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Allergy 'Rescue' Shots May Work Better in Lower Thigh of Overweight Kids

MONDAY, Feb. 25 (HealthDay News) -- In overweight and obese children who suffer a severe allergic reaction, it may be more effective to inject epinephrine into the lower thigh rather than the upper thigh, according to a new study.

Epinephrine is a medication used when a person has a serious, life-threatening allergic reaction called anaphylaxis. Epinephrine typically comes in a single-dose, pre-filled automatic injection device that is jabbed into the thigh.

"Delivering epinephrine into the muscle allows for more rapid absorption and leads to higher blood levels than if it's injected into the overlying fat," study first author Dr. Peter Arkwright said in an American Academy of Allergy, Asthma and Immunology news release. "Considering the rising obesity rates in children, there is concern that epinephrine autoinjectors will not adequately deliver the medication in overweight children who may be experiencing anaphylaxis."

"Without proper treatment, anaphylaxis can be fatal, so it's extremely important that epinephrine is administered quickly and effectively," Arkwright added.

Arkwright and colleagues from the University of Manchester and Royal Manchester Children's Hospital in England used ultrasound to measure the depth from skin surface to muscle at different points in the thighs and legs of 93 children.

They found that the depth in the upper part of the thigh was greater than the length of the needle in the epinephrine autoinjector in 82 percent of obese children, compared with 25 percent of non-obese children.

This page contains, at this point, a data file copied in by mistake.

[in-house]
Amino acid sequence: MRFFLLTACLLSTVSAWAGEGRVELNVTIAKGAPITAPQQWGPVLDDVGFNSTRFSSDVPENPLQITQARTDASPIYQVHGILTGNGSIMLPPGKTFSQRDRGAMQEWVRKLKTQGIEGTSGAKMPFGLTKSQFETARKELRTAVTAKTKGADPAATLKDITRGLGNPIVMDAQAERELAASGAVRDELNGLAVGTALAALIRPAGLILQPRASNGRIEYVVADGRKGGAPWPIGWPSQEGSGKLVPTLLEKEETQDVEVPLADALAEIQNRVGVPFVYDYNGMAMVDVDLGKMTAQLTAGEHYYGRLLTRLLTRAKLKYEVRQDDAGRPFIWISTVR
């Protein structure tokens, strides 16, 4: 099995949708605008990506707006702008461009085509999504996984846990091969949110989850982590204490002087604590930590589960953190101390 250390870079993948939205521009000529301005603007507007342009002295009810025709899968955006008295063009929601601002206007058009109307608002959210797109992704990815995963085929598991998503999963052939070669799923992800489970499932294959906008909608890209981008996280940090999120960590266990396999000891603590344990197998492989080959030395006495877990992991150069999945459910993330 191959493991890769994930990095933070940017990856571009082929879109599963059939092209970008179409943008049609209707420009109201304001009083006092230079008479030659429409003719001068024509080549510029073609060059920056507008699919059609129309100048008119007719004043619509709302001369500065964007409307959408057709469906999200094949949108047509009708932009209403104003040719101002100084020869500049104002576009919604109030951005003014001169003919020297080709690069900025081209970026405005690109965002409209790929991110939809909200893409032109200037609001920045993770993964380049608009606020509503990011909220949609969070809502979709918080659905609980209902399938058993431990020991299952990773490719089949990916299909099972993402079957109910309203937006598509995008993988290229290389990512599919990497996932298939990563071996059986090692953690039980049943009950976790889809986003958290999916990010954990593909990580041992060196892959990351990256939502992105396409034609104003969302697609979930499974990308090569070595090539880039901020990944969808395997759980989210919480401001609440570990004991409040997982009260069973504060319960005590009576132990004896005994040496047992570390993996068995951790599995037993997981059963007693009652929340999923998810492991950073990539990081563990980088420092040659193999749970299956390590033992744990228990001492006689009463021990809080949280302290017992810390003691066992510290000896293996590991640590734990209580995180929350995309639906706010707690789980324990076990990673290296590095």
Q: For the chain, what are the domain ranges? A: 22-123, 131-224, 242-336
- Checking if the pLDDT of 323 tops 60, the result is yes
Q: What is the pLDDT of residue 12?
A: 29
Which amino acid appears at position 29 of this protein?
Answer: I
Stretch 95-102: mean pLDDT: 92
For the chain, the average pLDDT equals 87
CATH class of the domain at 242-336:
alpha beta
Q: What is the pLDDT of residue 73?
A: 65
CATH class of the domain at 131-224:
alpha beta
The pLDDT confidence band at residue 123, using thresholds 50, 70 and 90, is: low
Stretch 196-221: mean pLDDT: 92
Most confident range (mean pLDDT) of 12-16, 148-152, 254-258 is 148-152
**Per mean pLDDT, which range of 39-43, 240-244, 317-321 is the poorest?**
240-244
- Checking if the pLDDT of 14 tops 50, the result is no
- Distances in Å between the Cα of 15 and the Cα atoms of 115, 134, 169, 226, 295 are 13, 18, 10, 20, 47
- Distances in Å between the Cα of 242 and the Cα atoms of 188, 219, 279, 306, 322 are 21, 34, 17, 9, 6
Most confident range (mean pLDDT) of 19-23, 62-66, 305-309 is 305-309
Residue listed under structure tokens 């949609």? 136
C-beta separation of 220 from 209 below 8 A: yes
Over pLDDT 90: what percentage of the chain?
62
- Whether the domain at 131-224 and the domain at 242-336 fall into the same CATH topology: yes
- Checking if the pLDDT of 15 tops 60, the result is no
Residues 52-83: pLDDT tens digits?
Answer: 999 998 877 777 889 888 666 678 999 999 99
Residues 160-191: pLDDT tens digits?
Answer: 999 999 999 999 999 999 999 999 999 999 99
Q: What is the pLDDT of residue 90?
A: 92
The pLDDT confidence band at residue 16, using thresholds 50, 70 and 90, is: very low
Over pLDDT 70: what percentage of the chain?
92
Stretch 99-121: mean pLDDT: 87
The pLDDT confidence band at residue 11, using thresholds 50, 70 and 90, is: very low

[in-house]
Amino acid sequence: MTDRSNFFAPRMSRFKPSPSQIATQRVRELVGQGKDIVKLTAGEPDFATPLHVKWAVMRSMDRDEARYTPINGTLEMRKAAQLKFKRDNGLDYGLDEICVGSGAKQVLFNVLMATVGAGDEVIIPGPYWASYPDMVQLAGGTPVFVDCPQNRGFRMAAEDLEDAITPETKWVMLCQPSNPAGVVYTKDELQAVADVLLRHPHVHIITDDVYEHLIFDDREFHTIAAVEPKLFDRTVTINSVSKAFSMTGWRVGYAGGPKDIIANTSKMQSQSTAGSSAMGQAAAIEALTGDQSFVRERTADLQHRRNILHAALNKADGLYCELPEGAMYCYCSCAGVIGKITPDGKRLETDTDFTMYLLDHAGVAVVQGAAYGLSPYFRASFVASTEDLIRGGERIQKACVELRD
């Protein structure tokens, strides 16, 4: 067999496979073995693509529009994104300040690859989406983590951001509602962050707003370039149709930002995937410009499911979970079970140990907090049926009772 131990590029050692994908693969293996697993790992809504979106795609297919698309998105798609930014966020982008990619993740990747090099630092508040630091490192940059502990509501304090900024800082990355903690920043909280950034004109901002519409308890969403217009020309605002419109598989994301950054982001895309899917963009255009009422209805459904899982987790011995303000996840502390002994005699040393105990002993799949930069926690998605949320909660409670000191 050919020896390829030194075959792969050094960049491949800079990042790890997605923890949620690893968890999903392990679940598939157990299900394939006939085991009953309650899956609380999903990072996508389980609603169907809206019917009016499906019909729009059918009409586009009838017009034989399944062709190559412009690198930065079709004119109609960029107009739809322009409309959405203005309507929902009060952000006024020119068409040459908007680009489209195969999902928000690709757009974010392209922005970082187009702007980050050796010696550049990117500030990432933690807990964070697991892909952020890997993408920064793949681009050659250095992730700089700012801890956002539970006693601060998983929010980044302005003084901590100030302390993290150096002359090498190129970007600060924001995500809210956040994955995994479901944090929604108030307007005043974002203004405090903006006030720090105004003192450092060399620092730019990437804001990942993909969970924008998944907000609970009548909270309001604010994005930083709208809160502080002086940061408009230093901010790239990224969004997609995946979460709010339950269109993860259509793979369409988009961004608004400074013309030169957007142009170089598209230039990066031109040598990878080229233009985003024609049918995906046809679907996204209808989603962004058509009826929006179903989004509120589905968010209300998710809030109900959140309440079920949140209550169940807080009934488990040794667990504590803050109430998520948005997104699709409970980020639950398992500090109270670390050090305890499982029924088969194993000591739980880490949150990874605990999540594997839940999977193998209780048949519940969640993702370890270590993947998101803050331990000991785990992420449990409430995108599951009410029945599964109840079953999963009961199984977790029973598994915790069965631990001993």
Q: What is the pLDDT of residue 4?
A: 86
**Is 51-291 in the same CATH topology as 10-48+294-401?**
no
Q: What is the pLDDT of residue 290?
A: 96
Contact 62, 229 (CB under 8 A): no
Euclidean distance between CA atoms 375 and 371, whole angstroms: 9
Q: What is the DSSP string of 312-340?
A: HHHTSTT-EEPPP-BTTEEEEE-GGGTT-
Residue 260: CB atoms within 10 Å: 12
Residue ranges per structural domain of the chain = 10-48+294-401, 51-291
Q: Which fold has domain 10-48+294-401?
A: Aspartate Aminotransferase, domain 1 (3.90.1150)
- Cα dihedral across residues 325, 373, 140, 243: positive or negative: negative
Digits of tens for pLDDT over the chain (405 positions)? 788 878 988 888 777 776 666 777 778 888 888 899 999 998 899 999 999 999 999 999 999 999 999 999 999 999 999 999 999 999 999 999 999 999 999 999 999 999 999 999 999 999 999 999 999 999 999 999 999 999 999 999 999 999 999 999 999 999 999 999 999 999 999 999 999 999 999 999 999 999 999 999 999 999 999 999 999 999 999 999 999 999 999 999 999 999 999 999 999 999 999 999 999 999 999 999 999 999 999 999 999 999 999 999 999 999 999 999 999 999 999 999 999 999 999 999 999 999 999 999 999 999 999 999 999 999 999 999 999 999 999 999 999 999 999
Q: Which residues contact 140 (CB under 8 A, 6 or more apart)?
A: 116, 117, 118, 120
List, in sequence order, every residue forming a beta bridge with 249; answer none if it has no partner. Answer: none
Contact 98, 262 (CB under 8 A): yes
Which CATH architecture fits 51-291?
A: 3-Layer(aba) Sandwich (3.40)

On the lower part of the thigh, depth from the skin surface to the muscle was greater than the length of the autoinjector needle in only 17 percent of obese children and 2 percent of non-obese children.

"Based on our study, injecting epinephrine into the lower rather than upper thigh would be advised in overweight or obese children," Arkwright said. "If a child is experiencing anaphylaxis, this information would be important for a caregiver to know so that epinephrine can be administered into the child's muscle in the most effective way."

The study was scheduled for Monday presentation at the American Academy of Allergy, Asthma and Immunology's annual meeting in San Antonio. Because this study was presented at a medical meeting, the data and conclusions should be viewed as preliminary until published in a peer-reviewed journal.

More information

The American Academy of Family Physicians has more about anaphylaxis.

-- Robert Preidt

SOURCE: American Academy of Allergy, Asthma and Immunology, news release, Feb. 25, 2013

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